Core plus investments are similar to core investments in that they are typically well-located, high-quality properties, but they may have some additional value-creation potential. This could include properties that are partially leased or require some minor renovations or upgrades. Core plus investments are typically targeted to investors who are looking for a moderate level of risk and a longer-term hold with a focus on income and value appreciation. 


Value-add investments are properties that have significant potential for value creation through renovations, repositioning, or other improvements. These properties may be under-performing, partially leased, or in need of significant renovations. Value-add investments are typically targeted to investors who are looking for a higher level of risk and a shorter-term hold with a focus on value appreciation. 


Opportunistic investments are typically the highest risk and highest potential reward type of real estate investments. They may include properties that are in disrepair, under-performing, or in need of significant renovations or redevelopment. Opportunistic investments are typically targeted to investors who are looking for a high level of risk and a shorter-term hold with a focus on value appreciation.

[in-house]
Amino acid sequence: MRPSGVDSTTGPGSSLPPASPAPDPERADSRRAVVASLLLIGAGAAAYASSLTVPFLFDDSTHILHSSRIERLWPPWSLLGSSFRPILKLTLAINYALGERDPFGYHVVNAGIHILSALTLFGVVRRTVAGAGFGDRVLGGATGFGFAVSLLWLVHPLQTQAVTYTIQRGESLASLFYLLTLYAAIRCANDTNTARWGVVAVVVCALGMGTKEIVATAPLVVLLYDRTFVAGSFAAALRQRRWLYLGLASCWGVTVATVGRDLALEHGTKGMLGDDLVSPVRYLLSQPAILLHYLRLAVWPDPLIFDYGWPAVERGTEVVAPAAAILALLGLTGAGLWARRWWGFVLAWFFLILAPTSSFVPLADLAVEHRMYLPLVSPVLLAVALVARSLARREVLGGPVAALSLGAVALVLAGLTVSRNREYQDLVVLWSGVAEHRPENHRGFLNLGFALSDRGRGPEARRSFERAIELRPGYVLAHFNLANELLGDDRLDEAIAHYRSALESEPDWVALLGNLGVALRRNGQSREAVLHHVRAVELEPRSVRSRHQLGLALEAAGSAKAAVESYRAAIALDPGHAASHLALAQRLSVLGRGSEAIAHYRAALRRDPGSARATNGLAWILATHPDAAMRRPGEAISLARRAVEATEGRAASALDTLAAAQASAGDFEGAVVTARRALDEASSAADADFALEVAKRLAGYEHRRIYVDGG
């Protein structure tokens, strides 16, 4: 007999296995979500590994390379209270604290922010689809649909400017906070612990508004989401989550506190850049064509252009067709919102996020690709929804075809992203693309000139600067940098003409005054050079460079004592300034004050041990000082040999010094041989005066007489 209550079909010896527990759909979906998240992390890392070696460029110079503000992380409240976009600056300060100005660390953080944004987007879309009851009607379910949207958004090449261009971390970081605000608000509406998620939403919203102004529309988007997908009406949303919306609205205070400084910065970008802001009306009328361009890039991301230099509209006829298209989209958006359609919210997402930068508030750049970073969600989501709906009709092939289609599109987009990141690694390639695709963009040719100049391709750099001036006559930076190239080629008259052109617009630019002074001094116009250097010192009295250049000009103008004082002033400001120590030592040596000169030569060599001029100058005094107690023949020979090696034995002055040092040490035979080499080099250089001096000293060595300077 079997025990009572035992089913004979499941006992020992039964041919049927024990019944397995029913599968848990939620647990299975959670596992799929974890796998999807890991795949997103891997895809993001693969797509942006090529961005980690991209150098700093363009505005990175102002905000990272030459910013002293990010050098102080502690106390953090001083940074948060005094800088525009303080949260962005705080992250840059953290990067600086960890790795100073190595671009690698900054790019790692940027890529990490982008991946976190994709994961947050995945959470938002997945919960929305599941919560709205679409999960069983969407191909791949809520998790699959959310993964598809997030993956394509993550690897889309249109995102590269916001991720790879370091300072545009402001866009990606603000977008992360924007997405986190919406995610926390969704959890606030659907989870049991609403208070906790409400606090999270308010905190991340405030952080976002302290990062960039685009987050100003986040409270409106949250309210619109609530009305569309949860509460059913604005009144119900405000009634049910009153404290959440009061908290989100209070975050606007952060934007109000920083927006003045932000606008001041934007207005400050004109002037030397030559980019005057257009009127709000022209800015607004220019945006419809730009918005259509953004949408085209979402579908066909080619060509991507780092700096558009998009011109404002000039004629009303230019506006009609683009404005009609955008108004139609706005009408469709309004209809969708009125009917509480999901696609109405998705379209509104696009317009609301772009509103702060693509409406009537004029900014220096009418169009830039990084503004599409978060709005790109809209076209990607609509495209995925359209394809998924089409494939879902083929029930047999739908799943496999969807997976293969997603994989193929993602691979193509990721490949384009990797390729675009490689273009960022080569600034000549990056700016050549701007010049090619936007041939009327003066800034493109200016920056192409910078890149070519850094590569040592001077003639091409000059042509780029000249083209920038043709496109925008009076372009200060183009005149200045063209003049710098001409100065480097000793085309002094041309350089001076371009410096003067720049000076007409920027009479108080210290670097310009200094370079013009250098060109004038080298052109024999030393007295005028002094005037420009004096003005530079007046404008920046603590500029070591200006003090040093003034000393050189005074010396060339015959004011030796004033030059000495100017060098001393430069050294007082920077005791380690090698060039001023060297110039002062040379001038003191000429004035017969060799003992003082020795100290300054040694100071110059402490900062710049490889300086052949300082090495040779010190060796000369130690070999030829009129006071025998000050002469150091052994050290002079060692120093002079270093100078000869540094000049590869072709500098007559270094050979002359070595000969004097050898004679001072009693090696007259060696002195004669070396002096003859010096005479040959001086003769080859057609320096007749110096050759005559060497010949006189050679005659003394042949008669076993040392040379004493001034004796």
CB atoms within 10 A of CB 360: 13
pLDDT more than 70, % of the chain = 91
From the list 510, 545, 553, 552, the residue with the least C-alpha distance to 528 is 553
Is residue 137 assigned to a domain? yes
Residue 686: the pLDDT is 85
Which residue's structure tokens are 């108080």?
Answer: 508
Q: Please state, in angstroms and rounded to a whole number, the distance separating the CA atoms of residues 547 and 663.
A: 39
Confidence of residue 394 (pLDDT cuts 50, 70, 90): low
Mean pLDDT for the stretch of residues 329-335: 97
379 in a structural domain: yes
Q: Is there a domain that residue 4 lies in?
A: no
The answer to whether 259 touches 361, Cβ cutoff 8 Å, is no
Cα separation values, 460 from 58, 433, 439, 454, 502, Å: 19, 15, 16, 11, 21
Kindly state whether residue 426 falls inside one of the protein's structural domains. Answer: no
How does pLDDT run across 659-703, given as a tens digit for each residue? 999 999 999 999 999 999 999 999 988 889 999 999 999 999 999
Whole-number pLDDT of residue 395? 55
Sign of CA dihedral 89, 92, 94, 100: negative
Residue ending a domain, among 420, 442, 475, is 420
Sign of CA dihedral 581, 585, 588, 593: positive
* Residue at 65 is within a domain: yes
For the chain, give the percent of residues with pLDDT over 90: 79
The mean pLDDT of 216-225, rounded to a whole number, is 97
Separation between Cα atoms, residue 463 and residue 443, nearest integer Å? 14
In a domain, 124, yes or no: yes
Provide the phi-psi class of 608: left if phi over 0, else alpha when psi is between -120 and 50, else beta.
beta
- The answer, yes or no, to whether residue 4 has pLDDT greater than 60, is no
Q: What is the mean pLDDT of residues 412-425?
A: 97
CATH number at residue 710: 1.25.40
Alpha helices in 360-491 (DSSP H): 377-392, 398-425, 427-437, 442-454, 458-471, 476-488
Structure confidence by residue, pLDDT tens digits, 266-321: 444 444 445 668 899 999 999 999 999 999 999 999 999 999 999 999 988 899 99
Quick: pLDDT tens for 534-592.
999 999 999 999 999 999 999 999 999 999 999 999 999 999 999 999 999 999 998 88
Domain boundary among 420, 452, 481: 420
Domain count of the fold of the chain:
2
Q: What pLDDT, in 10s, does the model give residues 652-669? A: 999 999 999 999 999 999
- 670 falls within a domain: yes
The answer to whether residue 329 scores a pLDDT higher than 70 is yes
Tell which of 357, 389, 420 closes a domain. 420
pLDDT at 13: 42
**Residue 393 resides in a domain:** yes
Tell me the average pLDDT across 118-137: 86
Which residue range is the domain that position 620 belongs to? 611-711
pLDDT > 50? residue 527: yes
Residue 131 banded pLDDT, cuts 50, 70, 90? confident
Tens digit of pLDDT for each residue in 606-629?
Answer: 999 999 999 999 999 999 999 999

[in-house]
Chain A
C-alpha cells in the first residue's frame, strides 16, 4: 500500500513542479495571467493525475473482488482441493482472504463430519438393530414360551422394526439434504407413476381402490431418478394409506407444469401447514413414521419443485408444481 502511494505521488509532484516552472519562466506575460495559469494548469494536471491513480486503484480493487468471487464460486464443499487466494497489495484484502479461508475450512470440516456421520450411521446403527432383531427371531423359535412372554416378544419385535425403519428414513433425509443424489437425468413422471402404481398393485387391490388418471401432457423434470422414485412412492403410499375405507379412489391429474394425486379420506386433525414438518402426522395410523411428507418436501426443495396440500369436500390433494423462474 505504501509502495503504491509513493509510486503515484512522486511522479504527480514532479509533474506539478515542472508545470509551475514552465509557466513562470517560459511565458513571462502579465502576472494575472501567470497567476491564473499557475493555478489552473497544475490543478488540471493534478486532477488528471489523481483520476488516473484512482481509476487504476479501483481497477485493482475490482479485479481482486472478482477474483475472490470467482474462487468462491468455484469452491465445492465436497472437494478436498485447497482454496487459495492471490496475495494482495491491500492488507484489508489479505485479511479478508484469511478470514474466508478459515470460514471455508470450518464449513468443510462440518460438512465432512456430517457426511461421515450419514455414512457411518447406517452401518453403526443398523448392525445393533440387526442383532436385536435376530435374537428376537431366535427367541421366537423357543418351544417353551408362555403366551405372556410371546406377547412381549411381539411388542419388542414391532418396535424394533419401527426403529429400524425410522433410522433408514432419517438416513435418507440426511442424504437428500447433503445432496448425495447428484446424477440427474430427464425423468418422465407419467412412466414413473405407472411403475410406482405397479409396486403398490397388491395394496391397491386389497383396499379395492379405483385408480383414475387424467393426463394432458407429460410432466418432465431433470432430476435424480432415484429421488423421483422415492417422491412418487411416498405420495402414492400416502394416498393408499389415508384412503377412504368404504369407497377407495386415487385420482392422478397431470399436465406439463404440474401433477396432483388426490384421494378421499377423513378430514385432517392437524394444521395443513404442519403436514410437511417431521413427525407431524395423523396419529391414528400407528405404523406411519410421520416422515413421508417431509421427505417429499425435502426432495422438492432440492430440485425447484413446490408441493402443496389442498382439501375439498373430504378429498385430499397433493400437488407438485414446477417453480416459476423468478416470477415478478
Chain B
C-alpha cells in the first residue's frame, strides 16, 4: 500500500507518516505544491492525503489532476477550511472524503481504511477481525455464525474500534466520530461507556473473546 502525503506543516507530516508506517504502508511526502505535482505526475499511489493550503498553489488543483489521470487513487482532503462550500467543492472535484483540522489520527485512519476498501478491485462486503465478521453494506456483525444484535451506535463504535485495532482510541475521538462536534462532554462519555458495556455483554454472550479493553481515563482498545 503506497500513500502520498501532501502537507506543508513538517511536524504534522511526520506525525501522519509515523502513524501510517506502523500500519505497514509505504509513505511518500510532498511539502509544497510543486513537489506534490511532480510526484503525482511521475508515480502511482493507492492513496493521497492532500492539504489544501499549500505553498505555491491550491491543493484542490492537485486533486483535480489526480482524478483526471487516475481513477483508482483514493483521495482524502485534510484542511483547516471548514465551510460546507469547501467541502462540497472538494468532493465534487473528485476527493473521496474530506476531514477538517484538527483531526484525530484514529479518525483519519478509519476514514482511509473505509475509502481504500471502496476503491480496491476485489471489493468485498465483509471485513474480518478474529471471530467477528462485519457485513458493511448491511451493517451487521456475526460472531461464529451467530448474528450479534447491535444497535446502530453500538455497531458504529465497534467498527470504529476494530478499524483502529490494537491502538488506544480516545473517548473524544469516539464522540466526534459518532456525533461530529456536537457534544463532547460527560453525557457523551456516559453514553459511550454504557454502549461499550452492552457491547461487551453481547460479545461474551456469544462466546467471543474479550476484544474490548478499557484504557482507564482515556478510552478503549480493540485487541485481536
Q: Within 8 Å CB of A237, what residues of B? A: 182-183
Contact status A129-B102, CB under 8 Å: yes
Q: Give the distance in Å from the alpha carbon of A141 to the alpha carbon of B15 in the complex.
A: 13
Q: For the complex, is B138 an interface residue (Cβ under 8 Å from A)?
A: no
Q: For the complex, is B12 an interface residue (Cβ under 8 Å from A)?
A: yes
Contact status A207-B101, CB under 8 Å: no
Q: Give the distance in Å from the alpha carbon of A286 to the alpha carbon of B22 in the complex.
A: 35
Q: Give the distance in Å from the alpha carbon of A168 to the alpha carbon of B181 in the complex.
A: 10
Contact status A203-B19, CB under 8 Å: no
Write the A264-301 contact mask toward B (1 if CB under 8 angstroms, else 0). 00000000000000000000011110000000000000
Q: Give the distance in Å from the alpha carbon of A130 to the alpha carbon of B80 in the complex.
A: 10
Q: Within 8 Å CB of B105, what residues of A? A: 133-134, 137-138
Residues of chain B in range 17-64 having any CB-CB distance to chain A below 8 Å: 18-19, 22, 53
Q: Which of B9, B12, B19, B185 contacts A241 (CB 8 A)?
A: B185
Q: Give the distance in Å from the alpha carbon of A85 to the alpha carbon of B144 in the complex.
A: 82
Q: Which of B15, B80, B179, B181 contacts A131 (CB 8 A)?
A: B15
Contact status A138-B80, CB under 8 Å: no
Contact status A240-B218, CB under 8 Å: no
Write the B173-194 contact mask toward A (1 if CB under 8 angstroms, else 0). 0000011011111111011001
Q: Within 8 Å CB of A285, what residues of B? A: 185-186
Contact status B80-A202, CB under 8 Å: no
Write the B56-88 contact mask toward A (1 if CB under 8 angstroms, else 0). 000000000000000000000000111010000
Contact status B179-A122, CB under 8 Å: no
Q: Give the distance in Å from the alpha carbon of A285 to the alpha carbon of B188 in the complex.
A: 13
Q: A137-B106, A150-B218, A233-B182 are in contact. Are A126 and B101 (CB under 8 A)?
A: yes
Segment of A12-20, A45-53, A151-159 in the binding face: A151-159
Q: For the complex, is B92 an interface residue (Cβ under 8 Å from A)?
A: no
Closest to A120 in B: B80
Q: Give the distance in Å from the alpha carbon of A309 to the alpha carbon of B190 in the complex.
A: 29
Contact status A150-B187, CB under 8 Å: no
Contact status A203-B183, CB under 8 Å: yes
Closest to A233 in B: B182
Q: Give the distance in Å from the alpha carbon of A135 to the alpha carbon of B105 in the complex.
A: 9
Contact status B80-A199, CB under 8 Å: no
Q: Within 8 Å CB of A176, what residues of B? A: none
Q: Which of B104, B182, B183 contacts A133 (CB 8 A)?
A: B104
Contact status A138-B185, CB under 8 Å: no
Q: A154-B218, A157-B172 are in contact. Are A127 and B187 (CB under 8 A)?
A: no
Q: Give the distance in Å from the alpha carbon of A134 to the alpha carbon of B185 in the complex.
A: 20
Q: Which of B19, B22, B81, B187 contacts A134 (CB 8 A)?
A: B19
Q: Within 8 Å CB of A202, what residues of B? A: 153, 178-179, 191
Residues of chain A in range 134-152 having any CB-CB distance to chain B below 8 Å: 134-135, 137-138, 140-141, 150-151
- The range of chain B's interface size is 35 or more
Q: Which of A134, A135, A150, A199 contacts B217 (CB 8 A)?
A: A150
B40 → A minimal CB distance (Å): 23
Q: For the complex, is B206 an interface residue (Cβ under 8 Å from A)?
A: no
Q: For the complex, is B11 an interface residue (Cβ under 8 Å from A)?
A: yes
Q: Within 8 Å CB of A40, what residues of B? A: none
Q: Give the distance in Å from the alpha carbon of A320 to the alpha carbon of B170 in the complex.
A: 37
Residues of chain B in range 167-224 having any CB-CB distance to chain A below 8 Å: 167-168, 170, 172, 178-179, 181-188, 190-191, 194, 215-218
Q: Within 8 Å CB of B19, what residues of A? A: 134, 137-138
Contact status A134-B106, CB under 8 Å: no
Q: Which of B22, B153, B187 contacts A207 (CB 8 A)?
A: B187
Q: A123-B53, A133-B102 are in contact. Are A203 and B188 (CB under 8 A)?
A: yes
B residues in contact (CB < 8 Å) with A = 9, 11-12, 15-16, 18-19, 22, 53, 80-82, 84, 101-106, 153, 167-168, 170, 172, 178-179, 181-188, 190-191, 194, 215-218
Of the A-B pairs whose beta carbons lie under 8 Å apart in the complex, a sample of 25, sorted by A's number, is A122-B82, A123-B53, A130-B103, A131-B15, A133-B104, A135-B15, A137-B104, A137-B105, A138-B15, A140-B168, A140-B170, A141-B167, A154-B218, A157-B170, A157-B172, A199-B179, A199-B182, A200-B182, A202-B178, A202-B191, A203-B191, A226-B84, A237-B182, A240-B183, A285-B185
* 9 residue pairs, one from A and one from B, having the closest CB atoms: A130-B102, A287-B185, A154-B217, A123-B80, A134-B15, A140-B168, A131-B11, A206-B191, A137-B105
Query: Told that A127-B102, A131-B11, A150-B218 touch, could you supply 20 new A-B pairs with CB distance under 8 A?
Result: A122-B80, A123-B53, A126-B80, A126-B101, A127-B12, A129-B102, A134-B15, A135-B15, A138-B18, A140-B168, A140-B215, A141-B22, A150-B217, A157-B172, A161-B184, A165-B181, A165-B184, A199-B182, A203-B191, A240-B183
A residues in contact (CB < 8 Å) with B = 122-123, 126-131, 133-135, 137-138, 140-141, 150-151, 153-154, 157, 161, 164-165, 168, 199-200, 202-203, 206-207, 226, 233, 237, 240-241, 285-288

It is important to note that these categories are broad generalizations, and the specific risk and reward profile of a particular investment will depend on a variety of factors, including the local real estate market, the condition of the property, and the investor’s goals and risk tolerance. 

Crowdfunding is the process of financing a product, idea, or venture by raising small amounts of money from a large number of people, typically through an online platform.

A debt is a sum of money that is owed by one party, known as the debtor, to another party, known as the creditor.

The debt service coverage ratio (DSCR) is a metric used to assess whether a rental property generates enough income to cover its debt obligations. The calculation involves dividing the property’s net operating income (NOI) by the total debt service, which includes mortgage payments and other financing costs.